C: It’s hard to say with the writing. I’m not really sure when Matt started writing. (laughs) I think he started writing the songs probably at the end of the last touring period. But it wasn’t until April or May last year that we started to work on it as a band. We started doing rehearsals, really casually over the summer. And we didn’t have any deadlines or targets or any idea of when we wanted to release it so we were just really casual about it. But before we knew it the album was kind of ready to go. We went to Vancouver in October to start recording. That’s when we did most of the “band stuff”. And after that Matt did vocals on his own. It was probably 3 or 4 months of rehearsing, 3 or 4 months of recording, 3 or 4 months writing probably. (laughs) All of it was probably a year and a half in the making.
Matt said in a few interviews that you might use actual drones on stage in the future. And we know your show are already quite spectacular. What can we expect next?
C: Yeah, I thing the drones thing is something we really want to do. I think the great thing with this album is that there’s such a strong concept in the texts of the album. We could take those concepts and apply them to the live shows. So the whole thing of having drones flying around the arena is something that we’re looking at. I think it’s going to be a really different type of show. I think we’re going to try to get away from the traditional “band at one end of the room, big screens etc” thing and try to do something a little bit different, something that we haven’t done before. It will be as big and wonderful as it always is hopefully. (laughs) I can’t really tell you how it’s gonna be, because we don’t know ourselves yet.
Any chance to see you in France, especially in Paris in the future?
C: Probably not until next year. That was one of the main reasons for doing the festivals. We start touring in South-east Asia, and then we’re going to South America and to the States, so we wanted to make sure we did a bunch of stuff in Europe before that, and next year, we’ll come back again.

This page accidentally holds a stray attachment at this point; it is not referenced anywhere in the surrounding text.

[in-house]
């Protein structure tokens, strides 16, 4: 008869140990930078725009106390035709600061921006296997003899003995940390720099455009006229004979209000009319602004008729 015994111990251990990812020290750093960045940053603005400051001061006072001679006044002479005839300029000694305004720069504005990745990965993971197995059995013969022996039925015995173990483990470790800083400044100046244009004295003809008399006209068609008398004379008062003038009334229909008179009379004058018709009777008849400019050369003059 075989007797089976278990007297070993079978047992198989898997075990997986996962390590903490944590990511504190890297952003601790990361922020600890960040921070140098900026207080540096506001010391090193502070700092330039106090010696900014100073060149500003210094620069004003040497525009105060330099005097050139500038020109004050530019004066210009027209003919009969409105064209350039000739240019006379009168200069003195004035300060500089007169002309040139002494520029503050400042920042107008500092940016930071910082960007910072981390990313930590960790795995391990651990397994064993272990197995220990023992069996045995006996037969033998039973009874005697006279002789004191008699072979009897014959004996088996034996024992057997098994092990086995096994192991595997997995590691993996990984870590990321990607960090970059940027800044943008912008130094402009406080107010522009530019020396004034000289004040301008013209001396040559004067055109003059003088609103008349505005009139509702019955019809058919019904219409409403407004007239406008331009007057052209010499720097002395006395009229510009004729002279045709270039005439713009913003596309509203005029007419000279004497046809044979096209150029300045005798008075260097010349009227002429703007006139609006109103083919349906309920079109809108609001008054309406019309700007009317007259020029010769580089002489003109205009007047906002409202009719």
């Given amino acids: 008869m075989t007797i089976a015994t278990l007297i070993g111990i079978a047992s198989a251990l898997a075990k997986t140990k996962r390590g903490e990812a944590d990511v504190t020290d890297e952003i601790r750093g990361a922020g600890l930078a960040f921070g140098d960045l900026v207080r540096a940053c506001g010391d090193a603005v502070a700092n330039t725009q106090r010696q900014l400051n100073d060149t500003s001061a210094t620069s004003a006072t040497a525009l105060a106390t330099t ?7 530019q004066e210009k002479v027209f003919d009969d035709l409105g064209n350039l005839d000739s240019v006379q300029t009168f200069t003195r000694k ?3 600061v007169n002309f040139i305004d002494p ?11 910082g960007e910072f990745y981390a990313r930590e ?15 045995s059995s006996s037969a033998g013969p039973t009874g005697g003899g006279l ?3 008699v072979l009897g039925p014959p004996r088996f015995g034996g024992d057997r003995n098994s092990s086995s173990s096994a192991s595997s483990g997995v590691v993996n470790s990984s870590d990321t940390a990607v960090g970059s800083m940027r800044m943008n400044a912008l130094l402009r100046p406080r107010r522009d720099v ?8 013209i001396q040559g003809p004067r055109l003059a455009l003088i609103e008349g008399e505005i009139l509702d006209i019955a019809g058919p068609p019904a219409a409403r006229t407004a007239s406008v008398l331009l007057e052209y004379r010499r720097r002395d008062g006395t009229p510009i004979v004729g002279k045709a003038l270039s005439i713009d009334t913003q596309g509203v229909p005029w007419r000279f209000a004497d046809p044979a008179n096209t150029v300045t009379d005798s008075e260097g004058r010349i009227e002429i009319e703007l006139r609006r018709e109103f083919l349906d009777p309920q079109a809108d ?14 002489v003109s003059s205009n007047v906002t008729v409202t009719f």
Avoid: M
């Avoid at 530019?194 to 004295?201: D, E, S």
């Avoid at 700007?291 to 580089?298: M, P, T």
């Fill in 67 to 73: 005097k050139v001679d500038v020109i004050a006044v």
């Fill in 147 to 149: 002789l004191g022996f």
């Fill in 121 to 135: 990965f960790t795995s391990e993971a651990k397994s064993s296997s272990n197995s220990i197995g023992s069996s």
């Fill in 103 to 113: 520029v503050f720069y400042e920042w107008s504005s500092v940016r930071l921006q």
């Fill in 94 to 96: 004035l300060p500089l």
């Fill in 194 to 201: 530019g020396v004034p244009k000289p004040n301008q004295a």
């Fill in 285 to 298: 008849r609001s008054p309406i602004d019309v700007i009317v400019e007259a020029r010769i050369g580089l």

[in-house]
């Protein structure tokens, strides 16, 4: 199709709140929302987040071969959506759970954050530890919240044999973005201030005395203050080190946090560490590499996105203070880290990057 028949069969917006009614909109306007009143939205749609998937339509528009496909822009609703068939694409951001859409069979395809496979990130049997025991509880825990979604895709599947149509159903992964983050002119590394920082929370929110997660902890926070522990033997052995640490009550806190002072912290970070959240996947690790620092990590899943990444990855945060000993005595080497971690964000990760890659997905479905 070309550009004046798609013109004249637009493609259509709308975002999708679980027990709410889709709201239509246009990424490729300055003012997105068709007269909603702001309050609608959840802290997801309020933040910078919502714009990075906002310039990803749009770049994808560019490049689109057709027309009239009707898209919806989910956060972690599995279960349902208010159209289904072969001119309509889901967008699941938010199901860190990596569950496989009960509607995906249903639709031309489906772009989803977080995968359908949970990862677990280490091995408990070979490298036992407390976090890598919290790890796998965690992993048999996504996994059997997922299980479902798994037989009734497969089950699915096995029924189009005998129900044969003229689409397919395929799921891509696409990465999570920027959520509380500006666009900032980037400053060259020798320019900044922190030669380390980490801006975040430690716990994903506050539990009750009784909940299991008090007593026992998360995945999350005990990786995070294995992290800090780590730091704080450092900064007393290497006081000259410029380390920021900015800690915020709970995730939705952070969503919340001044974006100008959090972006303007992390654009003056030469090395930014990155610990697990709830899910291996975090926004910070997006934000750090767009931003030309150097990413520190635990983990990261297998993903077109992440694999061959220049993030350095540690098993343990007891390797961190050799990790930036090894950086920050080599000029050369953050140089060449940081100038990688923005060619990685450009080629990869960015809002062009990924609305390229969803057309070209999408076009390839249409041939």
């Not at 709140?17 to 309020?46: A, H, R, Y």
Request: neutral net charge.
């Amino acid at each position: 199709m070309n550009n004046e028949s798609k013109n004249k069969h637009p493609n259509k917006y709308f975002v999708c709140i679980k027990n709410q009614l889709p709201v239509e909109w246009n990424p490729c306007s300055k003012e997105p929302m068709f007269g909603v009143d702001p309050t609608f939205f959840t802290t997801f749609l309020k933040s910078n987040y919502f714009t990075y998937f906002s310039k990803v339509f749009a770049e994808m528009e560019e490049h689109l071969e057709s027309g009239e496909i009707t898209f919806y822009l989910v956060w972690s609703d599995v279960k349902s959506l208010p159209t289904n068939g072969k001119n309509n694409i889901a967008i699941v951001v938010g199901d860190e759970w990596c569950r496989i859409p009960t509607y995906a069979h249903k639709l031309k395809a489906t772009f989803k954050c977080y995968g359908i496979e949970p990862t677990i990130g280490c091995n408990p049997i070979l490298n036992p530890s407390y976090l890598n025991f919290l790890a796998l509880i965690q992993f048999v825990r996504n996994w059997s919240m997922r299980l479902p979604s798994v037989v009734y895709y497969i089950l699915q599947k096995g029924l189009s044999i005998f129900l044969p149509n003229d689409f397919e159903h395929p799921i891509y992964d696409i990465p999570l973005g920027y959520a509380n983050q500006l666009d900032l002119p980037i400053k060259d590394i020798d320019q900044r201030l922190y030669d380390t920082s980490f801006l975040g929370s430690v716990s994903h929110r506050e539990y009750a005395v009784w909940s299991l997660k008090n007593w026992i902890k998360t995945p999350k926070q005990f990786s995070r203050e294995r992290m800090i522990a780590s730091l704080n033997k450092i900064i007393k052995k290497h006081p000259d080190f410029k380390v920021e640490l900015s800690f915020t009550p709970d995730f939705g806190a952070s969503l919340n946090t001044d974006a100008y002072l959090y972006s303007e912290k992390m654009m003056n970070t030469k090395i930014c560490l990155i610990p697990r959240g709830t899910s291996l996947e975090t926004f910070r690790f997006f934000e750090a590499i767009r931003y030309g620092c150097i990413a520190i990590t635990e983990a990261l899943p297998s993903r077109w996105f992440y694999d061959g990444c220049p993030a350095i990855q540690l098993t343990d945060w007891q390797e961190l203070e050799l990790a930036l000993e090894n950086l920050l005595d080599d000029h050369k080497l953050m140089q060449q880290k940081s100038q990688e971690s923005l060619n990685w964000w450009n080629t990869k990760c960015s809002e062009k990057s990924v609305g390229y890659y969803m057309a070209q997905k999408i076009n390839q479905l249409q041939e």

You’re starting to be one of those bands with a very large discography, what are you going to do about the setlist? You obviously can’t play everything.
C: It’s very difficut. We had this crisis in the first rehearsals that we did. We were trying to write a list of songs that we have to play. And even just songs that we have to play was too long. (laughs) There are songs like “Plug In Baby” that made us wonder “can we leave it out?” but we kind of have to play it. But we want to play some new songs as well. We have about ten new songs to put into the set, which means it’s ten songs from the last album or from the previous albums that we can’t play. But I think the setlist will have to be quite different every night. We’re gonna have to rotate the set quite a lot in order to play all the songs that we want to play. There will be some nights where people might not get to hear everything they want to hear, but… Unless we play for four hours but I don’t think we can. (laughs)
You’ve already been to small venues, and big ones, and stadiums. A lot of people listen to you, both music aficionados and the mainstream audience. You’ve even played at the Olympic Games. What do you want to conqueer now, if anything’s left?
C: I actually think there’s still a lot of places we haven’t been to. Places that are difficult to get to. There are places like India we’ve never been to, a lot of China we’ve never been to. Sometimes I feel like we’ve been everywhere, but then you look at the map and you realize we haven’t been to many places at all really. So for me, it’s about getting to new places, doing new things. I still feel like there’s a lot to achieve. Like stadium gigs. We’ve done stadiums here, we’ve done them in the UK, but there’s a lot of places where we haven’t done stadiums and it would be great to do stadiums in those kinds of places, like in the US or Eastern Europe or Asia or South America. I still feel like the band is building.